Saturday, April 10, 2010


While arguing with Keikai a couple of weeks ago, I brought up the subject of faith. I told him that in order to flourish in this environment, he must have the same faith in our project as he has in his God. There is no proof of this God or the stories inspired by it, yet he maintains an unwavering belief. Keikai is leaving Mexico on Friday, it seems he wasn't able to let himself trust our endeavor with the same conviction he maintains in his religion. Another non-believer left us in March, my mom's husband, Davis. Davis is also a religious man, brought up in a God fearing country guided by the rules of the Christian church. Ironically, he was also not able to develop faith in our family venture.
Emotions have swelled in the last few weeks in light of these happenings. My mother is working on coming to terms with losing her companion of 15 years. I, a woman in my third trimester of pregnancy with my first child, am coping, or trying to cope, with the fact that the only man I've ever loved and the father of my child won't be a witness to this fantastic journey. In the midst of all of this, I can't stop thinking on the concept of Faith.
Many people will argue that faith and fact are two distinct categories with opposing definitions. Facts are true, inarguable artifacts backed by proof. Faith is a matter of uncertainty, believing in the unknown. If asked which they are more likely to abide by, my wager would be that most if not all would answer "fact." My question is...Why?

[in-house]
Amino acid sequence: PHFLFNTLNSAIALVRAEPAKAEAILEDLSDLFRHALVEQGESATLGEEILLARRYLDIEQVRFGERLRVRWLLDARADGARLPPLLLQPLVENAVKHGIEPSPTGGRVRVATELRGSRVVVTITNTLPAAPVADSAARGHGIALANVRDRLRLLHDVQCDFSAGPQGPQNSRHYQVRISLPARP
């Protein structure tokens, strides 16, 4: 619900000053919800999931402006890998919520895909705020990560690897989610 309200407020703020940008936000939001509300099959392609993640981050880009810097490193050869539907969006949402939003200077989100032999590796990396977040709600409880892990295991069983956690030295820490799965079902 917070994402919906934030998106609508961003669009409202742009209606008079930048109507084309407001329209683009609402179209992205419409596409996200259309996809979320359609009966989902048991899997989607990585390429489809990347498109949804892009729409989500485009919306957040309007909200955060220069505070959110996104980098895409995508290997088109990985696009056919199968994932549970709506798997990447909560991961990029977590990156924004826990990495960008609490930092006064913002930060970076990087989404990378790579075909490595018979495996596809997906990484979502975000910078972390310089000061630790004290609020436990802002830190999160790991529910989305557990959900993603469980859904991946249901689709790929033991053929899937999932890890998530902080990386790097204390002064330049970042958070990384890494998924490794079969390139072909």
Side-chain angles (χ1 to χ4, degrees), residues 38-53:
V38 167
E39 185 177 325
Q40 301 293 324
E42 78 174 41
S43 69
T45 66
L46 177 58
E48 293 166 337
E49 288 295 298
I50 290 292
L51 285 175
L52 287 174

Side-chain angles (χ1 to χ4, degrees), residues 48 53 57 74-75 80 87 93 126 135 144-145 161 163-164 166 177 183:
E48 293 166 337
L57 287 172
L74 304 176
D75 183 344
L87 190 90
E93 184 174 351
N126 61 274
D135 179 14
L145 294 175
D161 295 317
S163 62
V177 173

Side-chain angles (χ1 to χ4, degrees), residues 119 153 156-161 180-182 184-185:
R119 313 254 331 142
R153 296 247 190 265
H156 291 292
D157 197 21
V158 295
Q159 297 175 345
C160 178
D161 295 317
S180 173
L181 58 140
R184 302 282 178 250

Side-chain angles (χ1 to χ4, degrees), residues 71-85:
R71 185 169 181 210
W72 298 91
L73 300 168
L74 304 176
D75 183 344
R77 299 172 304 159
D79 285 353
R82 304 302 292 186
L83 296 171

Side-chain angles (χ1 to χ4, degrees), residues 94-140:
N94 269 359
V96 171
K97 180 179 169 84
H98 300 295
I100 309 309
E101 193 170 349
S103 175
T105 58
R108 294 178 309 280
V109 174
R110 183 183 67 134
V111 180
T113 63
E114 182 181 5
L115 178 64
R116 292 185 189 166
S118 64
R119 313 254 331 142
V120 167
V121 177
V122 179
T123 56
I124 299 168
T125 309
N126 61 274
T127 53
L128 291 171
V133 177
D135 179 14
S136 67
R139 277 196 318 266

I was recently introduced to the book The Science of Getting Rich by Wallace D. Wattles. On page one of the introduction Wattles boldly states
I expect the reader to take my statements on faith as he would take statements concerning a law of electrical action if they were promulgated by a Macaroni or an Edison. By taking these statements on faith, he will prove their truth by acting upon them without fear or hesitation. Every man or woman who does this will certainly get rich. The science in this book is an exact science, and failure is impossible.

I'm fairly certain this statement may prompt scoffs and snickers from the person trained to think of life in a linear fashion. My question remains, if we can have faith in religions that navigate our moral compasses based on many absurd, abstract writings and guilt, why can't we simply trust our intuitions and manifest our own lives?

As we become more conscious and recognize the impact of our thoughts and attitudes-our internal life- upon our physical bodies and external lives, we no longer need to conceive of an external parent-God that creates for us and on whom we are fully dependent. As spiritual adults we accept responsibility for co-creating our lives and our health. Co-creation is in fact the essence of spiritual adulthood: it is the exercise of choice and the acceptance of our responsibility for those choices.
-Caroline Myss PH.D. Anatomy of the Spirit

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